A120 In The 2005 Stereo Times Most Wanted Components Award
Opera Audio Consonance A120 Hybrid Integrated Amp
The Consonance A120 Hybrid integrated amplifier is the second component from Opera Audio of Beijing, China, that I’ve had the pleasure of reviewing since joining Stereo Times. The company offers a full line of high quality, real-world priced, and most importantly, excellent sounding components. They make designs for all audio tastes including tube, solid-state, hybrids, analog sources, digital sources, and even FM broadcasts. The very friendly and knowledgeable Stephen Monte of NAT Distribution of Southampton, PA, imports them into the U.S. The first Opera component I reviewed was the very slick Consonance Reference SACD 2.0 (July 04). I considered it a steal at its price and felt it to be the equal of significantly more expensive designs. So needless to say, I had high expectations of the A120 and I hoped to not be disappointed.
A Chinese Classic
The A120 is classic Chinese elegance. The fit-n-finish is very nice and very solid, nothing loose, no sharp corners or fragile toggle switches. On the left side of it’s ¼” thick silver aluminum faceplate is a soft-touch power button. In the center is an easy to read display that indicates the active source and volume level. On the right are a couple of large aluminum knobs for source selection and volume control. The back of the unit is just as understated with three sets of gold-plated RCA inputs, one set of balanced inputs (XLR), two sets of RCA outputs (you can use one set for a powered sub or in a bi-amp configuration), and a power cord receptacle. Opera doesn’t attempt to wow you with lights and switches and bells and whistles with this unit, yet it doesn’t lack flexibility. The remote is designed to operate the A120 and/or one of the Consonance CD players (it has buttons for Prev, Next, Play, etc.). Only the volume and mute buttons work on the A120.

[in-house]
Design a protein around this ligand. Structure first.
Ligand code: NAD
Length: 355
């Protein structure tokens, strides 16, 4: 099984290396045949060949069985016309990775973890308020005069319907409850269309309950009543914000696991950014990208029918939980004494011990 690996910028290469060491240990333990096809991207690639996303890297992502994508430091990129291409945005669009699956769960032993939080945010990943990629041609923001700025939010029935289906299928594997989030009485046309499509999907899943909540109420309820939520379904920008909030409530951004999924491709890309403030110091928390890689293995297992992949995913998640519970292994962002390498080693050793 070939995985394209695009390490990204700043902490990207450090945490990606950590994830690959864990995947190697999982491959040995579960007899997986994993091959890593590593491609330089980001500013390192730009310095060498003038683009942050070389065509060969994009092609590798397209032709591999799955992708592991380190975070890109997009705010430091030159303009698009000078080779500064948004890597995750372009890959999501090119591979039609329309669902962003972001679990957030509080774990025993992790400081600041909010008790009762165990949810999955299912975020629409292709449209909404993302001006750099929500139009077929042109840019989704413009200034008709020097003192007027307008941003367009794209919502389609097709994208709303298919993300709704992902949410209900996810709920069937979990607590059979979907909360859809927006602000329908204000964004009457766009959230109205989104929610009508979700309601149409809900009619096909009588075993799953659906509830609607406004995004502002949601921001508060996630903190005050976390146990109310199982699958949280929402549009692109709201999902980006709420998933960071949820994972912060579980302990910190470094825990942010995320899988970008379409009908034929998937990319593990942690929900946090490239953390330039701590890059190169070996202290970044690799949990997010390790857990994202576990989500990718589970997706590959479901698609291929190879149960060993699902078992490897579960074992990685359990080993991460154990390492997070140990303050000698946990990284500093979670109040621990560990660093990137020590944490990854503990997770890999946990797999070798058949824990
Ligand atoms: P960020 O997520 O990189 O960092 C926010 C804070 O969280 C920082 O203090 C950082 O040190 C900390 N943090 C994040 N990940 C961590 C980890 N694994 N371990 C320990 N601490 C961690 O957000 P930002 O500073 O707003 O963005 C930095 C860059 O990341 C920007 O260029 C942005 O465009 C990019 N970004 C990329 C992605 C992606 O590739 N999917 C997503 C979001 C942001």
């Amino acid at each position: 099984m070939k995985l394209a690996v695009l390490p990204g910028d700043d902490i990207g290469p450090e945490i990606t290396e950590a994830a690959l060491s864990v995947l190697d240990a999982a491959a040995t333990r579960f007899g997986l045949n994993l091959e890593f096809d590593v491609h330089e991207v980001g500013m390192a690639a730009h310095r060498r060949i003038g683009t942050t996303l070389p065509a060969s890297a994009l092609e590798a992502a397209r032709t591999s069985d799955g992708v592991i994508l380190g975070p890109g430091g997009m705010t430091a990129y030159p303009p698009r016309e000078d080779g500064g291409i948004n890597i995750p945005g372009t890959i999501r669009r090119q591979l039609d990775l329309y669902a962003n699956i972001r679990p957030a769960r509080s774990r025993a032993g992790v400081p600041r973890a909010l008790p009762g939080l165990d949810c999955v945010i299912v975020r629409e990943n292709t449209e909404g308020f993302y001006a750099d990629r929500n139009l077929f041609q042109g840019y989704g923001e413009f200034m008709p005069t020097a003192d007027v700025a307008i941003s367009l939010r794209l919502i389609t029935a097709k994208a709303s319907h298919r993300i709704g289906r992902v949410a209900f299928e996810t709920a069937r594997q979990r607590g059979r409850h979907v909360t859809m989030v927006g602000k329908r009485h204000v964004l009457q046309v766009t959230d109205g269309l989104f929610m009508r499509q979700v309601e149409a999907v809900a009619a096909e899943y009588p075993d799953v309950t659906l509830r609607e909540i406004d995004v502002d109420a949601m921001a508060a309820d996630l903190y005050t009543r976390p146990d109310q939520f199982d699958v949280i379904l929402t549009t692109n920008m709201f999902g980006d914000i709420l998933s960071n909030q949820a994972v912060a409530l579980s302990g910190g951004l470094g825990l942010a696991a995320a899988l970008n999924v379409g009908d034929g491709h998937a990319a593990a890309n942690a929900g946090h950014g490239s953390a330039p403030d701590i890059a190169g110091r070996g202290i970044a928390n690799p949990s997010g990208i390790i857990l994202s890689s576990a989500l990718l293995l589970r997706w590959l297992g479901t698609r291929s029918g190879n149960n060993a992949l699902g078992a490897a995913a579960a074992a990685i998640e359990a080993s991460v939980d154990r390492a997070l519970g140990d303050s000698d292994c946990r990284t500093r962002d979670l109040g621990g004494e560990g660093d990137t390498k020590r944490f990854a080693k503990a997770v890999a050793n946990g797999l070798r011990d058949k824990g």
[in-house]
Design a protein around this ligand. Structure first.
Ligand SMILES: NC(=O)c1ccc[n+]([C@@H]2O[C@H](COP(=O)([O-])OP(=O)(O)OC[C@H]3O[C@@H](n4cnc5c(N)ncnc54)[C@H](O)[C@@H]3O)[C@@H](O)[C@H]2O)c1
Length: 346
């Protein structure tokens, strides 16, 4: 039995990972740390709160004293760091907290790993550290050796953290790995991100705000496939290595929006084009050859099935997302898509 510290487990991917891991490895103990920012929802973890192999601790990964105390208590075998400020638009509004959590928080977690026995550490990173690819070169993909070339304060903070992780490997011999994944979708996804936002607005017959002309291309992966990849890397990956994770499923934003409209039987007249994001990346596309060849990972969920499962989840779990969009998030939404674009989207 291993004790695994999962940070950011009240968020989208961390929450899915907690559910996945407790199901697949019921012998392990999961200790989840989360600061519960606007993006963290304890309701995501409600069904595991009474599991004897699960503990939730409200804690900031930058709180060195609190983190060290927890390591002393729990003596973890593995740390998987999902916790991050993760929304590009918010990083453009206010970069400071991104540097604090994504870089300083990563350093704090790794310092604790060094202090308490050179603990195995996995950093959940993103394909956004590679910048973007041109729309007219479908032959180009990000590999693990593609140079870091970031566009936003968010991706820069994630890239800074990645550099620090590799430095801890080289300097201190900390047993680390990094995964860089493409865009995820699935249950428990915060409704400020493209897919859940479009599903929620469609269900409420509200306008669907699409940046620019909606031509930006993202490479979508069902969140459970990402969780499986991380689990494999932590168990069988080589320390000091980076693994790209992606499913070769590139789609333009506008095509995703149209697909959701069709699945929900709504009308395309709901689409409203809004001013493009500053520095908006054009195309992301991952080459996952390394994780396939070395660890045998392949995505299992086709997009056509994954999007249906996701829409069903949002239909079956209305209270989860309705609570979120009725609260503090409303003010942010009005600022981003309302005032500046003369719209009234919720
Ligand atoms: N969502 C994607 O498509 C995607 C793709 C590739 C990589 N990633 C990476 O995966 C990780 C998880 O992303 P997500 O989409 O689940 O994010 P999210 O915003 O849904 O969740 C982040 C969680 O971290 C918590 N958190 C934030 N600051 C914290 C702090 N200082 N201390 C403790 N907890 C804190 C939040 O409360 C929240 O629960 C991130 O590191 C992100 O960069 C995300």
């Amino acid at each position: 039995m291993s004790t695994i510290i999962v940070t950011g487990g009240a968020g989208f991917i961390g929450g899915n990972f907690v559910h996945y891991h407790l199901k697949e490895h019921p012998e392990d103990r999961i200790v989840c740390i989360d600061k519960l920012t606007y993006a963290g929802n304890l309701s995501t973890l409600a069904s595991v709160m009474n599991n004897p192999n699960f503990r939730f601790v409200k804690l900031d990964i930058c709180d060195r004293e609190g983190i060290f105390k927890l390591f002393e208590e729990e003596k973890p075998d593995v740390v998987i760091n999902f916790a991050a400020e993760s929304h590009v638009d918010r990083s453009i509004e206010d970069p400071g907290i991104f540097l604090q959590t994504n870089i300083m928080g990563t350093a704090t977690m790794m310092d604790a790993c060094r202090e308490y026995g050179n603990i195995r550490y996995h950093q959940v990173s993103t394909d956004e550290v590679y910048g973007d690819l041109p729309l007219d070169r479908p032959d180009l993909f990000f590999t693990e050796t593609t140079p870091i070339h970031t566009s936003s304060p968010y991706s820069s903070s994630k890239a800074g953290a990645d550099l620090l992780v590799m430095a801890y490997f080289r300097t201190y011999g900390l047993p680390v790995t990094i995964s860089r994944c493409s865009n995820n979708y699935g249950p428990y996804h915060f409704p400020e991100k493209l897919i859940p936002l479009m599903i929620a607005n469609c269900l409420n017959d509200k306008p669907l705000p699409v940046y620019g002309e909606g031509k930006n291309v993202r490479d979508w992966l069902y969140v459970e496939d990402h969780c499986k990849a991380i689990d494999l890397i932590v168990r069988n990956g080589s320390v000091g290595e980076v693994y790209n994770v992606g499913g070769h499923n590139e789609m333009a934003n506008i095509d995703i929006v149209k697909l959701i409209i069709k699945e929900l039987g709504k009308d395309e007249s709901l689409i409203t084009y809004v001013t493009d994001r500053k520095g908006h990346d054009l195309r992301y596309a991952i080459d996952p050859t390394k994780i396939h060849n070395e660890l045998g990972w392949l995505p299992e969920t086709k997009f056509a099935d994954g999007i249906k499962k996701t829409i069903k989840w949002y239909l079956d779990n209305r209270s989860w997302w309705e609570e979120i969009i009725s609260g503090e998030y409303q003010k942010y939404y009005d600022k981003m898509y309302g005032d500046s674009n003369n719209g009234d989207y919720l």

A look in side of the A120 finds a chassis that is jam-packed with a rather sizable toroidal transformer and a cleanly laid out and deceptively simple looking design. A Sovtec 6H30 tube provides linestage amplification and short signal paths connect the sizable printed circuit board to the gold-plated RCA connectors.
I installed the A120 into a system which features my revitalized analog front-end, which consists of the legendary “The Source” turntable/Alphason tonearm/Benz Micro Ace cartridge and Clearaudio “Smart Phono” phono stage. The Electrocompaniet EMC-1 CD player, Magnum Dynalab DT-5 AM/FM Tuner, and the excellent Escalante Design Pinyon loudspeakers round out the component list. The system was wired with cables from KAS Audio and Argento.
The first cut I played was “Mr. Chow” from the Acoustic Alchemy album Red Dust and Spanish Lace [MCA]. This is a tune that neatly blends reggae and Latin musical textures. The bass notes were very well defined and were not fattened as I’ve heard them sound on some inexpensive separates that I used to own (whatever happened to Adcom anyway?). The treble was just a tad on the bright side however, a trait that served the A120 well on some of my favorite live jazz recordings such as that old audiophile standard, Jazz At The Pawnshop [Proprius].
The A120 also did quite well even with multi-layered recordings like new-age harpist Andreas Vollenweider’sCosmopoly [Sony Classical]. This recording is an aural workout. Vollenweider does some serious style blending between rock, jazz, and full scale classical. Throw in some interesting vocal pieces from Bobby McFerrin and Milton Nascimento and you’ve got music that can be pretty overwhelming to a system that can’t properly specify images and instruments. The A120 handled this recording very well, maintaining the musicality of the instruments and giving them the proper separation in space within the soundstage.
I also used this same recording to evaluate the bass performance of the A120. The second track, “Stella” follows a delicate flute/harp duet with a thundering intro to this huge sounding pop piece. This tune shows off Vollenweider’s splendid sense of rhythm and unparalleled musicianship. It’s not often that a harpist can get a room full of R&B lovers to bob their heads to the beat. This is due largely to the A120’s ability to control the low end and allow the listener to enjoy all of the music.
An Uncommon Comparison